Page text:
Are Bank Woes a Good Reason to Buy Silver?

Last week, it was the Fed’s magic boosting up the price of silver. This week, the slow slide in the silver price resumed, going all week except during peak fear about the woes of Deutsche Bank.

 

dbDeutsche Bank HQ in Frankfurt – the bank is under assault from heavy regulatory fines

Photo credit: Vyborg

 

When it looked bleakest—and the potential size of the capital-eating fines was highest—there was a wicked little rally in the metals, spiking silver up from below $19.10 to $19.70 in a few hours. However, the price reversed just as fast, on news of a settlement with the US Department of Justice.

Folks, what do we know about the price of the monetary metals? But if we had a thought, it would be that when the real run on a major too-big-to-fail bank occurs, the primary flight will be into the dollar, with some capital flows into gold. There will be a rising gold-silver ratio. Not a good time to bet on silver.

In any case, that does not appear to be happening just yet, or at least not the week of Sep 26. In yet another variant of irony, our running inside joke-slash-point bears repeating for a third week in a row:

Just repeat after me: “the Fed makes the economy more stable.”

A major money center bank is in the throes of, well, the throes of something serious.

 

Fundamental Developments

As always, the central question to be answered in this Report is simple. Is this a change in the fundamentals of supply and demand?

Read on for the only true picture of the fundamentals of the monetary metals. But first, here’s the graph of the metals’ prices.

 

chart-1-pricesPrices of gold and Silver – click to enlarge.

 

Next, this is a graph of the gold price measured in silver, otherwise known as the gold to silver ratio. It was up this week.

 

chart-2-gold-silver-ratioGold-silver ratio – click to enlarge.

 

For each metal, we will look at a graph of the basis and co-basis overlaid with the price of the dollar in terms of the respective metal. It will make it easier to provide brief commentary. The dollar will be represented in green, the basis in blue and co-basis in red.

 

Here is the gold graph.

 

chart-3-gold-basis-and-cobasisGold basis and co-basis and the dollar price – click to enlarge.

 

Well, the price of gold is down some twenty one bucks (seen as a small rise in the green line, which is the price of the dollar as measured in gold). With that, we see a small rise in the scarcity (red line).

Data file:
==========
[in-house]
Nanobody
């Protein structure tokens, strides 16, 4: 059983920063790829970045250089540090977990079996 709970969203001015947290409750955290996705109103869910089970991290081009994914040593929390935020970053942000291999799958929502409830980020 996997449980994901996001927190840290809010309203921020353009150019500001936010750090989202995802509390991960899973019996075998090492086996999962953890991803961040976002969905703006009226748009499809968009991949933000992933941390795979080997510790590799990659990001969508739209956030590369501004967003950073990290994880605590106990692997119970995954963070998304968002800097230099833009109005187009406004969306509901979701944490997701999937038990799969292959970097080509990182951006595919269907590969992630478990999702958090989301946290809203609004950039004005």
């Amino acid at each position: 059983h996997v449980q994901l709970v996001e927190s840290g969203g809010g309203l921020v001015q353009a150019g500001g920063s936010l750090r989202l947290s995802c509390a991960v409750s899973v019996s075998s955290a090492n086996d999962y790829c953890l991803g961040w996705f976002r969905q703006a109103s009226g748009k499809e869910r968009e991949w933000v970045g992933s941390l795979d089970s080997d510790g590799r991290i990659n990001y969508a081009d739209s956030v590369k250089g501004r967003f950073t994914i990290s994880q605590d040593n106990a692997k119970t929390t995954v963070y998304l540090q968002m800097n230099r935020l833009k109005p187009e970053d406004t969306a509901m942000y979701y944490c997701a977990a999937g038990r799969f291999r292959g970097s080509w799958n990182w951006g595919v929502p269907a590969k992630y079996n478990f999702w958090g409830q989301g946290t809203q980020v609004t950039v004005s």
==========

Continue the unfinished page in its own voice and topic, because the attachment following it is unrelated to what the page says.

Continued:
The fundamental price that we calculate—the price at which the metal would clear, absent the leveraged speculators — is down $12, now below $1,300.

Now let’s look at silver.

 

chart-4-silver-basis-and-cobasisSilver basis and co-basis and the dollar price – click to enlarge.

 

The fall in the price of silver was greater than that of gold, in proportion. There was a slight increase in scarcity at the new price. But not a lot.

We calculate a fundamental price drop of 58 cents, to just above $16.

Yes, the fundamentals call for a price $3.30 below the market price. This does not mean to go out and short silver (we never recommend naked shorting a monetary metal). It does not mean that the price of silver will drop immediately in the morning.

If a rumor of crisis at Deutsche could cause the price to spike 60 cents last week, then it could cause it again this week. If traders have simple heuristics of what to buy and what to sell (the silver price chart looks a bit like the inverse of the Deutsche share price chart), then that will not likely change so quickly.

One thing’s for sure, silver is a lousy bet at this price with these fundamentals. Buying silver right now—at least if you’re buying it on speculation of a price gain—is almost the textbook definition of a Ponzi scheme. Previous buyers will only get their capital out if new buyers come along and bid up the price even more. But the only certainty is that one day, they won’t.

 

Charts by Monetary Metals

 

Dr. Keith Weiner is the president of the Gold Standard Institute USA, and CEO of Monetary Metals. Keith is a leading authority in the areas of gold, money, and credit and has made important contributions to the development of trading techniques founded upon the analysis of bid-ask spreads. Keith is a sought after speaker and regularly writes on economics. He is an Objectivist, and has his PhD from the New Austrian School of Economics. He lives with his wife near Phoenix, Arizona.

 

 

 

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